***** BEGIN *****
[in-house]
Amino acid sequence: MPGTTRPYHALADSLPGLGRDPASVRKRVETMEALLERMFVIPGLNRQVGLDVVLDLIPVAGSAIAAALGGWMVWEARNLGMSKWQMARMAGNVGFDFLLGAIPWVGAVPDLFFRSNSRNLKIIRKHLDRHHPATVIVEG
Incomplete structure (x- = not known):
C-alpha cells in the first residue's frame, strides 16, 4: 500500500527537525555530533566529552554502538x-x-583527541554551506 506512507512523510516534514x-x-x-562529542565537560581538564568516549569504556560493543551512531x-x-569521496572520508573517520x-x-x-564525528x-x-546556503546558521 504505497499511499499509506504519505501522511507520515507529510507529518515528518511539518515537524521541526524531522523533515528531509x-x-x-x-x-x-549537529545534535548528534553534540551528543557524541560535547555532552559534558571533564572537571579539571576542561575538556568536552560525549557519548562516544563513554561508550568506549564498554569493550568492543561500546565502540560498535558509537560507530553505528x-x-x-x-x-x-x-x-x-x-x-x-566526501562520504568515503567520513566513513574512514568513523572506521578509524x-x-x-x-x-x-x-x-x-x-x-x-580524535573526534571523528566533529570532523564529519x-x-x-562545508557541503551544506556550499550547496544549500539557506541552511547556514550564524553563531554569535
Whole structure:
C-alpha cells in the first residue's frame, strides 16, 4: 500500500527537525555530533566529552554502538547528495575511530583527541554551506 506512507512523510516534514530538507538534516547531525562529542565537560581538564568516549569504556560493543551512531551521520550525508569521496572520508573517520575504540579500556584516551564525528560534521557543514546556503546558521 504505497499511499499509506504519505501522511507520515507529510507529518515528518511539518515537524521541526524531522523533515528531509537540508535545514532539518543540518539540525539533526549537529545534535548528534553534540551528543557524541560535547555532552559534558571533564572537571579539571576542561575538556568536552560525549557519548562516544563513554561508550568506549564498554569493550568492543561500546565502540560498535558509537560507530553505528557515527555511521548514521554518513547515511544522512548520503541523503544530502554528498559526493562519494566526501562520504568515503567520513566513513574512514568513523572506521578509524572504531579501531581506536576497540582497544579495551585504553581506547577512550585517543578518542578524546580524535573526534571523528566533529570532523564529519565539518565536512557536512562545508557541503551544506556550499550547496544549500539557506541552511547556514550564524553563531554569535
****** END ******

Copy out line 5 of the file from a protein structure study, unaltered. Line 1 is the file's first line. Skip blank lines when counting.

Whole structure: